Posted on 30 August 2019

Solutions for On-Board Chargers

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EPCOS and TDK components perform key functions in the Finepower’s on-board chargers for electric and hybrid vehicles. They include inductors, transformers, capacitors and protective components.

By Cem Som, Development Transformers, EPCOS


Finepower - an engineering specialist for power electronics - has developed a highly compact prototype of an on-board charger (OBC). This device, based on specifications and technical conditions of the German automotive industry, delivers high efficiency at the same time as high power density. Both are important factors for incorporating OBCs into electric vehicles. The space-saving design of the charging system was made possible by the development of a range of application-specific chokes and transformers qualified to the AEC-Q200 specifications for reliability tests.

Well-protected power input

An EPCOS B72220F0271K101 type varistor protects the power input of the converter from overvoltages. A special coating significantly improved the mechanical stability of the varistor for use in electric vehicles. The EPCOS B57364S1509M ICL is used to limit the high inrush currents. To ensure EMC and provide for EMI filtering, Finepower’s developers opted for EPCOS standard chokes of the kind also used in industrial power supplies. The B32933C3155M types from the EPCOS heavy-duty series of X2 capacitors were selected, which are characterized by high reliability and a long service life.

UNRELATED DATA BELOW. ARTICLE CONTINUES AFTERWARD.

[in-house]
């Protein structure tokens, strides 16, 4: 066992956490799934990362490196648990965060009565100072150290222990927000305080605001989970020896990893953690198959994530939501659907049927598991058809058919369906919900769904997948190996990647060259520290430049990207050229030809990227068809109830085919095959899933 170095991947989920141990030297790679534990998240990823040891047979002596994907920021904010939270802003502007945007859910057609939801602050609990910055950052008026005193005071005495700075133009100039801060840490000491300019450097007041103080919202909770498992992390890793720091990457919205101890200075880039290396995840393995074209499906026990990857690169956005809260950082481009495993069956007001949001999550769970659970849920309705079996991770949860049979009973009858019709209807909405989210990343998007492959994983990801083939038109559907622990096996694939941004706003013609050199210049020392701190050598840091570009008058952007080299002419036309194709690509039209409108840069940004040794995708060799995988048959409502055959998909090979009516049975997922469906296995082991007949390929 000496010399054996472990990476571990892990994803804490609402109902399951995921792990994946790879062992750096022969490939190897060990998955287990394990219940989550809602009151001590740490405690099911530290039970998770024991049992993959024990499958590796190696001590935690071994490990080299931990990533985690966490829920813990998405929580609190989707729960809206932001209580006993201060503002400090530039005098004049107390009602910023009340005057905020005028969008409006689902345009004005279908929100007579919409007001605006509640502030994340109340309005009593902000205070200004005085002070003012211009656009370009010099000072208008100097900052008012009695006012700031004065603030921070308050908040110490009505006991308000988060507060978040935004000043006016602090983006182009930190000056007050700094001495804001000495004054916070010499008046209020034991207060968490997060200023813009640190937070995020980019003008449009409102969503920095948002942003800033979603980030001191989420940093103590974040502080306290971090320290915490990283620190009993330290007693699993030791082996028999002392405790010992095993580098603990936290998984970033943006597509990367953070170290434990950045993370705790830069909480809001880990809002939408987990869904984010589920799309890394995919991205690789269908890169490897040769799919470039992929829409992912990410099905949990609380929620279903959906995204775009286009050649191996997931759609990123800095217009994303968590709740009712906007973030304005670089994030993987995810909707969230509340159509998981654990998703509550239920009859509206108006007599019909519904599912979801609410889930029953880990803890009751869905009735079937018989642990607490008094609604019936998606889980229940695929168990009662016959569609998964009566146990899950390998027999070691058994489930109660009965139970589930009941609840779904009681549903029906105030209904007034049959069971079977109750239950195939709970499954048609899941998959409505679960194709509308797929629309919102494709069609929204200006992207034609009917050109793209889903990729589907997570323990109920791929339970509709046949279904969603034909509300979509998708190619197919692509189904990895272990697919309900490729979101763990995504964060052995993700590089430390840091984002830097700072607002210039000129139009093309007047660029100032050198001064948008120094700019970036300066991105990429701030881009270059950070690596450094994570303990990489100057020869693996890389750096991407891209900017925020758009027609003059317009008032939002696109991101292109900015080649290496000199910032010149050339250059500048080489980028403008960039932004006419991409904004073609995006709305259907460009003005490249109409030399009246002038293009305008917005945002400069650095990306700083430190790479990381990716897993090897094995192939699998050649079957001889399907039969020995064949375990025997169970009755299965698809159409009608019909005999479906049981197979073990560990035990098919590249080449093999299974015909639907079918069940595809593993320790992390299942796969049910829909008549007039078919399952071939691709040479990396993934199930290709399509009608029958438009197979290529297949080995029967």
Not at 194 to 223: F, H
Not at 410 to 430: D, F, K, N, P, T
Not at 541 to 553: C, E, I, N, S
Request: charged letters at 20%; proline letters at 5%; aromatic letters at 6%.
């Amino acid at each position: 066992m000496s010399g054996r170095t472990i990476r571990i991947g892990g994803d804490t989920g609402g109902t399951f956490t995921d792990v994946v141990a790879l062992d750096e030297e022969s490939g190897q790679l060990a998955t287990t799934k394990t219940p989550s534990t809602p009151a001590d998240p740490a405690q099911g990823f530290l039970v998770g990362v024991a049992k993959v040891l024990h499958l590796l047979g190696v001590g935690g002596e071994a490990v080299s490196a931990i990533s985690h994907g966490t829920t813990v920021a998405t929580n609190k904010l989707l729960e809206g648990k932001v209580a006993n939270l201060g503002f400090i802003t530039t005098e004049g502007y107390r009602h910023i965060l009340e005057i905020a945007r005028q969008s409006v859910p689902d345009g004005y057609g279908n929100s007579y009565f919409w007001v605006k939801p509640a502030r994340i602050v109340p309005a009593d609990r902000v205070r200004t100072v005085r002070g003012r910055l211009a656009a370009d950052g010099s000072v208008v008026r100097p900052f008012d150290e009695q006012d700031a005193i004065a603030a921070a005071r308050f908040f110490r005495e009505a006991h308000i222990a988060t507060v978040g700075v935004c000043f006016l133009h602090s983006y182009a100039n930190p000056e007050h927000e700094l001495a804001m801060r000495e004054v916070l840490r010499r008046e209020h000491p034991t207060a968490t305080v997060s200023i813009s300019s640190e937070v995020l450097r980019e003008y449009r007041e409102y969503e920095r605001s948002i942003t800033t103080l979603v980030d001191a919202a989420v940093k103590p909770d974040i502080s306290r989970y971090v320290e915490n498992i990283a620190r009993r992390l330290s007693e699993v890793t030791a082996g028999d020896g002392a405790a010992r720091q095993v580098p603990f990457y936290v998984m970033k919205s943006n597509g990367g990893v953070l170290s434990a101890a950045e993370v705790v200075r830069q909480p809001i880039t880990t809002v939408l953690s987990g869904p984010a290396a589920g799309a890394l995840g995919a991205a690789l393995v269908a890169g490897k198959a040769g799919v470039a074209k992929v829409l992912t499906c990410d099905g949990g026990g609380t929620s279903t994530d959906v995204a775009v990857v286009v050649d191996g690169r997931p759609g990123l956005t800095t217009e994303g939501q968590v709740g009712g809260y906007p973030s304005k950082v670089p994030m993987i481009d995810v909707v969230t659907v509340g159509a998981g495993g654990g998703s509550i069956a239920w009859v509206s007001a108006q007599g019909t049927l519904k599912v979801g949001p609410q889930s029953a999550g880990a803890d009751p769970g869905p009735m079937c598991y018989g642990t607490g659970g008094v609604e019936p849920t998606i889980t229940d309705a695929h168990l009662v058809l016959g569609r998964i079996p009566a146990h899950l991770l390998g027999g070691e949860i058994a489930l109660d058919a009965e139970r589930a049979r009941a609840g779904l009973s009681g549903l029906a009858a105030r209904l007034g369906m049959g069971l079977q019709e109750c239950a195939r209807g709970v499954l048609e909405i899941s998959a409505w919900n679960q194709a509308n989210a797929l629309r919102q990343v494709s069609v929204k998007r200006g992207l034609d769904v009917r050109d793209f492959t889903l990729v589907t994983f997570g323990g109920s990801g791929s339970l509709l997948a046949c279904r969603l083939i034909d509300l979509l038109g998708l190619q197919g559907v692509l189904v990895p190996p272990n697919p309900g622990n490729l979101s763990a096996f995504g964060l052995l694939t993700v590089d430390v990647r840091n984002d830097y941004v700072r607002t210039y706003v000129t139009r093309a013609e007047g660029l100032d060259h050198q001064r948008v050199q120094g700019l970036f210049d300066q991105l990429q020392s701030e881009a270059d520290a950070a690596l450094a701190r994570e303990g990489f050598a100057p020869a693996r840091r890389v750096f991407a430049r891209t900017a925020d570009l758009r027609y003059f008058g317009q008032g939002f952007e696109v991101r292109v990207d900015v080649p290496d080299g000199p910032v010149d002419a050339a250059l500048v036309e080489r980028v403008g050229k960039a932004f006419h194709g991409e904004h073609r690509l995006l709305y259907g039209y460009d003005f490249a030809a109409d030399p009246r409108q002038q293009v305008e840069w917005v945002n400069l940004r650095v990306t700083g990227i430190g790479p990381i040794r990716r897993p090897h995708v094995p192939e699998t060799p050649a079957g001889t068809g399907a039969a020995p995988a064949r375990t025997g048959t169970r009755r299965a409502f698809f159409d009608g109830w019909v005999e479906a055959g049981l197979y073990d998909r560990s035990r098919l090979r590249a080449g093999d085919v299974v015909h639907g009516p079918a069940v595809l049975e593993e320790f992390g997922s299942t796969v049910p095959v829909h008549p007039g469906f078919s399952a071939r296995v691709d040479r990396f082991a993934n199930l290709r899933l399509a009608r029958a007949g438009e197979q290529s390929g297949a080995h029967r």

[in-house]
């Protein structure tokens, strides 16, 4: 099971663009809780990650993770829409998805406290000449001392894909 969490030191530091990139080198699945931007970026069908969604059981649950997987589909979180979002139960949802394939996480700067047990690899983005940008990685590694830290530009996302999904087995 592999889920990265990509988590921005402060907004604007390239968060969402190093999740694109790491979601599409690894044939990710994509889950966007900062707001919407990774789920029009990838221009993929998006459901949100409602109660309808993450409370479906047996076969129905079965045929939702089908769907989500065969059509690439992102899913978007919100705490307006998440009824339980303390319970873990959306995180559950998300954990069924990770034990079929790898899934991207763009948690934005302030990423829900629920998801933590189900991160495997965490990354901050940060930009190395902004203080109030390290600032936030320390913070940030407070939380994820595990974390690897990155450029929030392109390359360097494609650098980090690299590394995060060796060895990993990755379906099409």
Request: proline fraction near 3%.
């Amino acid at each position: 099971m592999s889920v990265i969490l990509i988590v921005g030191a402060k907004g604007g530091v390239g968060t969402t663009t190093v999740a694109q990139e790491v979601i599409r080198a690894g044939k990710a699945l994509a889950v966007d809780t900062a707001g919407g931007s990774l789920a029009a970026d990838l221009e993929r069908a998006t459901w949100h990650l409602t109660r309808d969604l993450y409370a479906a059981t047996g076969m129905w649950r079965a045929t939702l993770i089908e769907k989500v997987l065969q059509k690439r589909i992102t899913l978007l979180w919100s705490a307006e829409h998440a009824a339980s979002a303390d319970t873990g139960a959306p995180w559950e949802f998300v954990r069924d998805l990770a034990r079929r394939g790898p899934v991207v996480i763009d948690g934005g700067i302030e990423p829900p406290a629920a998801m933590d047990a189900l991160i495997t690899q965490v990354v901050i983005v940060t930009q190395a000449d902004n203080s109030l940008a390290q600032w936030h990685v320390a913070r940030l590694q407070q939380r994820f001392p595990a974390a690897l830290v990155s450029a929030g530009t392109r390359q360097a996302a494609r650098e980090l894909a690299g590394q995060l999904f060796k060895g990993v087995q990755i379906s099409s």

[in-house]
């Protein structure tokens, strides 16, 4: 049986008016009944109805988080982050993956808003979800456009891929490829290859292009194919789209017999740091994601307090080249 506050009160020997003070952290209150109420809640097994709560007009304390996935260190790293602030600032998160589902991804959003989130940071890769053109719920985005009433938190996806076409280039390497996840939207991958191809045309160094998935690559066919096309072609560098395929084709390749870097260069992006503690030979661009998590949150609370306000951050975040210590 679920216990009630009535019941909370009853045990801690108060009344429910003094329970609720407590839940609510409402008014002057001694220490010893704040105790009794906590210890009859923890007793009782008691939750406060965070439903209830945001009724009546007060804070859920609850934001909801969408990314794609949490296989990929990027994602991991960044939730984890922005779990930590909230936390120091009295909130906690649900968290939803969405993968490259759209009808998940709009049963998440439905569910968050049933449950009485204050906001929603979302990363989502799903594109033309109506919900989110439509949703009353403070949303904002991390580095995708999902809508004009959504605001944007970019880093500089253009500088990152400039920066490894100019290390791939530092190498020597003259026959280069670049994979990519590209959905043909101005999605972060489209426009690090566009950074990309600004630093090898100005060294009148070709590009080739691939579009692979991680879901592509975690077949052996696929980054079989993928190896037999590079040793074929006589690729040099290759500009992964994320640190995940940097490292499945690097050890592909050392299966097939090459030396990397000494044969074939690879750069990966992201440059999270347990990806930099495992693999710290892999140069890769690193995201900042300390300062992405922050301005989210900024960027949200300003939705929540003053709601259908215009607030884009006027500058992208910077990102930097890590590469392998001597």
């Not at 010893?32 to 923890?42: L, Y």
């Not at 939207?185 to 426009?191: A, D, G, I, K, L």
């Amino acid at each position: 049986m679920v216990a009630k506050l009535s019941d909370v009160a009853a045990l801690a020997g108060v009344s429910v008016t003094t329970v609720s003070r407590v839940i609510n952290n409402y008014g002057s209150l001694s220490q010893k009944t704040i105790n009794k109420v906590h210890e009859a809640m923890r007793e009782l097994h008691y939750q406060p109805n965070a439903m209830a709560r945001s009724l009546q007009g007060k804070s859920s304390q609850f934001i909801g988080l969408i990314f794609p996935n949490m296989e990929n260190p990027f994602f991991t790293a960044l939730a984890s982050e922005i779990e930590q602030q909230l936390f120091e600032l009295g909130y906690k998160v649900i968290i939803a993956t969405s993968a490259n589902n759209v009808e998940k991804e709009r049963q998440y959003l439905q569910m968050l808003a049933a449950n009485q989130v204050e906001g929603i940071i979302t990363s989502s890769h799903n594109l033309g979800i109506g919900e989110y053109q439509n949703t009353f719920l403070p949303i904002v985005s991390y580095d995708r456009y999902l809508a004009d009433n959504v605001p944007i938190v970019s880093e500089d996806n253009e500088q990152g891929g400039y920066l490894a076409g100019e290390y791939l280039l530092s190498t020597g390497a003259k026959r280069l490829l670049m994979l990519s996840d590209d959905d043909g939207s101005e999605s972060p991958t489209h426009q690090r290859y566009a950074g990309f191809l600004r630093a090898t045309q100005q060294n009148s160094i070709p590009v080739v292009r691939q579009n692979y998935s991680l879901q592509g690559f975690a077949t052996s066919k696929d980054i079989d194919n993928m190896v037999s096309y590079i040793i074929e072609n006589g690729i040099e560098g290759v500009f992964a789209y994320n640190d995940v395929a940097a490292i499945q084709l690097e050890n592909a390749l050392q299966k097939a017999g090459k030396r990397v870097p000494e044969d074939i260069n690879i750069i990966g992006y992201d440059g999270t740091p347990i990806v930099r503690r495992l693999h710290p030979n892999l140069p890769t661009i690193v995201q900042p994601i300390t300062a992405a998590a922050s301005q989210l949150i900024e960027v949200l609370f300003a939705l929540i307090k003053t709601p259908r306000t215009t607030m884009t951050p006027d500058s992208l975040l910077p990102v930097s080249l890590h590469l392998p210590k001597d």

The DC link circuit is stabilized by the B43508B5337M and B43504B5337M+ types of EPCOS aluminum electrolytic capacitors. They provide a capacitance of 330 μF at a rated voltage of 450 V DC. TDK Mega Caps of the CKG57NX7R2J474MT series are connected in parallel to them to reduce the ESR. This is the only way of keeping the DC link circuit highly compact despite the high power density.

Special PFC concept boosts efficiency

In the development process, special attention was paid to achieving maximum charger efficiency. In order to maximize the power drawn from the line, the charger must include active power factor correction (PFC). This rectifies the AC voltage from the power line and simultaneously generates an internal DC link circuit of 400 V DC that supplies the charging circuit. PFC circuits based on the principle of the boost converter represent the state-of-the-art and are widespread.

Sources of losses sustained in converting the power voltage in the 400 V DC link circuit are:

• EMI filters (copper losses)
• Bridge rectifiers
• PFC chokes
• Power switches (MOSFET)
• PFC diodes
• Other losses are incurred by components such as the aluminum electrolytic capacitors in the DC link circuit, the shunt, etc.

The conventional solution produces an efficiency of between 96 and 97 % at an input voltage of 230 V AC, depending on design and optimization. At an input power of 3.65 kW, this means that between 110 and 146 W of this figure is converted to heat losses before it is available at the DC link circuit.

PFC stage in the interleaved process

Finepower uses the synchronous interleaved PFC process (Figure 1) in order to eliminate these drawbacks as much as possible. This topology operates with two PFC stages connected in parallel to the joint output, thus already reducing by 50 % the adverse effect of only a single PFC choke carrying the whole load and thus also the ripple current. Although the interleaved process requires two chokes, each of them can be dimensioned for half the current (8 ARMS or 22 APK), leading to considerable simplification. A highly compact design from the newly developed e-mobility platform series of EPCOS PFC chokes is used for this purpose (Figure 2).